In this work, we provide a more thorough assessment of several approximate methods for computing the three-body contributions to the crystal lattice energy of small organic molecules, i.e., benzene, carbon dioxide, and 1,3,5-triazine, expected to feature significant three-body dispersion effects. We note that all of these molecules lack permanent dipole moments, so that three-body induction/polarization is small in these systems (although, in the case of triazine, it is almost as large as the three-body dispersion; see below). Future work examining additional crystals having significant three-body dispersion and large three-body polarization energies would also be beneficial. The approximate methods considered here include CCSD(T), MP2+ATM, MP2+CKS, MP2.5, and SCS(MI)-CCSD. To assess these methods, we obtain benchmark-quality CCSD(T) three-body interaction energies for a large number of trimers in the crystals, up to 15 Å cutoff for the closest contact distance between monomers. This includes 1977, 1948, and 750 trimers for the benzene, carbon dioxide, and triazine crystals, respectively. Since interaction energies of all significant trimers within these crystals are computed, we are able to analyze the contribution to the three-body lattice energy for various geometrical subsets of the trimers within each crystal based on intermolecular distances between monomers. This analysis reveals that the trimers with at least two monomers with a close intermolecular distance contribute the vast majority of the three-body lattice energies. In turn, this demonstrates that one may reduce computational costs dramatically by ignoring the trimers with monomers far apart from each other and/or by using a cheaper computational method to compute their contributions. Such strategies are quantified for the approximate theoretical methods considered here.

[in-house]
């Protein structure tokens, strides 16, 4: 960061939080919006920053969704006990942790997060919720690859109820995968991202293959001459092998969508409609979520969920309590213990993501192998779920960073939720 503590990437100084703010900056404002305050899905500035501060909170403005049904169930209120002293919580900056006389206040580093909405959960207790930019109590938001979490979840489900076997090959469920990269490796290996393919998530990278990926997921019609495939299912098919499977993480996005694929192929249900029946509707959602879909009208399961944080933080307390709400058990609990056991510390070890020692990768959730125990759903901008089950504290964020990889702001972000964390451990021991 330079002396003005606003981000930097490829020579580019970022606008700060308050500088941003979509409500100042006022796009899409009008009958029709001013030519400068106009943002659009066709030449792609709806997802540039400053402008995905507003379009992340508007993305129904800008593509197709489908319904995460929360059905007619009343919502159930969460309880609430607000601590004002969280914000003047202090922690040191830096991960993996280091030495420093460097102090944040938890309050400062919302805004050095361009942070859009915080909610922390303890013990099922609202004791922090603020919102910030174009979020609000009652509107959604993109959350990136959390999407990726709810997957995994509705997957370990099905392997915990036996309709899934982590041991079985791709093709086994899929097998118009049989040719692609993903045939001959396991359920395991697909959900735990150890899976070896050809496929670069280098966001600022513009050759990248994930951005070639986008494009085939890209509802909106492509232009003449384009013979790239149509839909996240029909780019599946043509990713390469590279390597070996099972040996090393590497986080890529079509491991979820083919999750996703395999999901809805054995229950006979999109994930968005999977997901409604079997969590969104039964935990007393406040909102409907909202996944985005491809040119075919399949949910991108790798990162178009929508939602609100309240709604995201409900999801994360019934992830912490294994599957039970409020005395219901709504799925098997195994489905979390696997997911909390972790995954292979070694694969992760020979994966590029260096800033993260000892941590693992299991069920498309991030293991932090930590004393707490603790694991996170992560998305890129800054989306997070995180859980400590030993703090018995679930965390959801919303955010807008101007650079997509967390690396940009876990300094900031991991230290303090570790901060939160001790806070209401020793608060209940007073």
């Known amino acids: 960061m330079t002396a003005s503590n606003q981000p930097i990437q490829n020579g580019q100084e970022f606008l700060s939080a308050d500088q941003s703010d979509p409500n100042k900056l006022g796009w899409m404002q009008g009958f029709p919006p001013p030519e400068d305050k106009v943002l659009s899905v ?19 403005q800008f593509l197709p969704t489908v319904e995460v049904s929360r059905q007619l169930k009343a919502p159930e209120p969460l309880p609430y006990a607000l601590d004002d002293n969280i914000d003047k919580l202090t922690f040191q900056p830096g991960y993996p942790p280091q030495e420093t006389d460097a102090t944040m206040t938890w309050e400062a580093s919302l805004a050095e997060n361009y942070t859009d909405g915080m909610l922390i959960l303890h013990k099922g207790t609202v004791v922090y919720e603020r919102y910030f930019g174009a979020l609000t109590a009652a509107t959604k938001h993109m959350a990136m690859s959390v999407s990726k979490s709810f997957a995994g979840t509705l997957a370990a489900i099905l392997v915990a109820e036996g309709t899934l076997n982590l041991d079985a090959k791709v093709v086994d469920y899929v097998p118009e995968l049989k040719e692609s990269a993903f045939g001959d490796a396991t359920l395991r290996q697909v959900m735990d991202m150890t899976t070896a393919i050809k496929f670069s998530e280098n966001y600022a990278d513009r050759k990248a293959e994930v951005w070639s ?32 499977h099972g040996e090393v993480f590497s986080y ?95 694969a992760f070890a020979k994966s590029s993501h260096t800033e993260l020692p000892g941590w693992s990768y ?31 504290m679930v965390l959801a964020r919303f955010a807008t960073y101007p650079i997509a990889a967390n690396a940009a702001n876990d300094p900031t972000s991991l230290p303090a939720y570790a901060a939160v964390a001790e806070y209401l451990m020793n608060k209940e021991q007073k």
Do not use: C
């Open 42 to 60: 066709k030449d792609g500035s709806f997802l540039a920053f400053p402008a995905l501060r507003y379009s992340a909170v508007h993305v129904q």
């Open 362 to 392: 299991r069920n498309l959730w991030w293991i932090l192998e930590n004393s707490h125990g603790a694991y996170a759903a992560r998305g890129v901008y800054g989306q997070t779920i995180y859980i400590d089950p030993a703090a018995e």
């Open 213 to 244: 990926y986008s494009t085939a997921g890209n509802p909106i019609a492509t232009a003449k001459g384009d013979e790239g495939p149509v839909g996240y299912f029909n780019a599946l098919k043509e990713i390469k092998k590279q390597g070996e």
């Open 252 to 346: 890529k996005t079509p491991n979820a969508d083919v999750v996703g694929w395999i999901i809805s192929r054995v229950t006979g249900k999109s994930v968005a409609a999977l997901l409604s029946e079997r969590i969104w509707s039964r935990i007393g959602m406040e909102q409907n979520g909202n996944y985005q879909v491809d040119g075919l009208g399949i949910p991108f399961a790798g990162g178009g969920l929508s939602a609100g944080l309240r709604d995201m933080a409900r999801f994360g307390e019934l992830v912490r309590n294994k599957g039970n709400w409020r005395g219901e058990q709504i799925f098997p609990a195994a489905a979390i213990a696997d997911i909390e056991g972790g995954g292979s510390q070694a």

## II. THEORY AND METHOD